"Borrowing," he said after a while. "Is that what you call it?"It seems that Borrowers have the same peculiar skill most humans have in thinking that the world and all its inhabitants exists for their use, not even bothering to question the veracity of their securely held belief, and not even considering that there might indeed be a point of view of held by those who are the recipients of their actions. As I read this story it made me think of so many human arrangements - noblesse oblige, the British imperialist certainty that the natives of other lands could only benefit from British rule, British law, British christianity, and, often newly drawn British borders (of course there have been similar fantasies indulged in by the Dutch, the French, and my own country too), religious missionary activities partake of the same, certain, self-focused zeal . It is a convenient belief and one Norton gently parodies in this novel for young readers. At the same time, the Borrowers are our protagonists, so one experiences the actions and the consequences from both sides of the equation, without any pious lecturing on Norton's part. Indeed, the Borrowers in written in pleasantly old-fashioned prose that imparts a cozy, book-at-bedtime glow to the story. I was delighted to revisit both the story and its themes in a book for children, as so much children's literature this days is openly prescriptive. I may yet visit some of The Borrowers sequels in the future.
"What else could you call it?" asked Arrietty.
"I'd call it stealing."
Arietty laughed. She really laughed. "But we are Borrowers," she explained, "like your a-a human bean or whatever it's called. We're part of the house. You might as well say that the fire grate steals the coal from the coal scuttle."
"Then what is stealing?"
Arietty looked grave. "Don't you know?" she asked. "Stealing is - well, supposing my Uncle Hendreary borrowed an emerald watch from Her dressing-table and my father took it and hung it up on our wall. That's stealing."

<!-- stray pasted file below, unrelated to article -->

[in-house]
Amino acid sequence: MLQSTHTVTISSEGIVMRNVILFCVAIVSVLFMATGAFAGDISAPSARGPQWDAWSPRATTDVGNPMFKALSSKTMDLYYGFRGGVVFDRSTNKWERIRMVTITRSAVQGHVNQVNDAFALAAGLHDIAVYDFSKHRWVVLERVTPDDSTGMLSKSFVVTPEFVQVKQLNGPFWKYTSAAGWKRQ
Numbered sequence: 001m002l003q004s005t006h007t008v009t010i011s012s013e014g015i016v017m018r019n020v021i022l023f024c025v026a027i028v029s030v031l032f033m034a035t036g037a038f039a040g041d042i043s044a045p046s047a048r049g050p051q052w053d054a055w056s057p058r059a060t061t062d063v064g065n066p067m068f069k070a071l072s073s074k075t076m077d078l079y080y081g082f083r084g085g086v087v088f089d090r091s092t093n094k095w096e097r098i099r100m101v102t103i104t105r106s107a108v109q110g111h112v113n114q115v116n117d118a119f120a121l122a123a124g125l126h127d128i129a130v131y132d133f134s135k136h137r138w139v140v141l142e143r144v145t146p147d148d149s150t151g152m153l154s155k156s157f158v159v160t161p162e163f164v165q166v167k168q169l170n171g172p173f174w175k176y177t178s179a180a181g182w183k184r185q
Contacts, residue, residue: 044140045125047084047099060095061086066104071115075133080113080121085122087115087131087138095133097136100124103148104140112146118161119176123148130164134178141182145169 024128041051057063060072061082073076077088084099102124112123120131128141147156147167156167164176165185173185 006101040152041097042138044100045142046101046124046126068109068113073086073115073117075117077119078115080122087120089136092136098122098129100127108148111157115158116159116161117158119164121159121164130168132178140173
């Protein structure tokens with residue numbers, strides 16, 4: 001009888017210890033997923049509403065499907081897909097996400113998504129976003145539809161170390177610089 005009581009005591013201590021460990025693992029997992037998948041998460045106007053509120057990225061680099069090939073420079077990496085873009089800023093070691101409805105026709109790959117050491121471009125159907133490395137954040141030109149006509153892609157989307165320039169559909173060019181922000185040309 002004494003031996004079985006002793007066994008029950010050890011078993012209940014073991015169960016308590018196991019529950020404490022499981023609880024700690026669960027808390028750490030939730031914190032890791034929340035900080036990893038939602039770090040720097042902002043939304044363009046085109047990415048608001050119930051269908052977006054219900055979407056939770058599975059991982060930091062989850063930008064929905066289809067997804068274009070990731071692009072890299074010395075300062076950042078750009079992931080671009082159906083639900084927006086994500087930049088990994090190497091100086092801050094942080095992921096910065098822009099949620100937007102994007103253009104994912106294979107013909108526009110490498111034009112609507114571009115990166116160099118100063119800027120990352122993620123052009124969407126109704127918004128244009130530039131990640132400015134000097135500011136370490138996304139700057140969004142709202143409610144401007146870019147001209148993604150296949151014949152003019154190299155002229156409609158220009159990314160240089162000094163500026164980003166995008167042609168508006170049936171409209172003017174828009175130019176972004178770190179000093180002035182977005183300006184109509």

"An emerald watch!" exclaimed the boy.
"Well I just said that because we have one on the wall at home, but my father borrowed it himself. It needn't be a watch. It could be anything. A lump of sugar even. But Borrowers don't steal."
"Except from human beings," said the boy.
Arriety burst out laughing; she laughed so much that she had to hid her face in the primrose. "Oh dear," she gasped with tears in her eyes, "you are funny!" She stared upward at his puzzled face. "Human beans are for Borrowers - like bread's for butter!"
This lead to another young reader's novel, coincidentally also about little people - Mistress Masham's Repose by fantasy fiction giant, T. H. White. While I'm enjoying the whimsy of White's narration, I'm having a hard time entering the world of his young heroine and so found myself switching to Once on a Moonless Night, Dai Sijie's atmospheric tale of an ancient document that holds some mysterious power over the people who come in contact with it.
I came across this book at a favorite New York bookstore - McNally Jackson - a little while ago, browsing their "recommended" shelf. This was something I did several times per week and now I so rarely get to visit bookstores, especially ones with personalities and staffs who read. Dai Sijie's tale is written in an elegant prose (translated from French) and casts its own enticing spell. This one may have me hooked.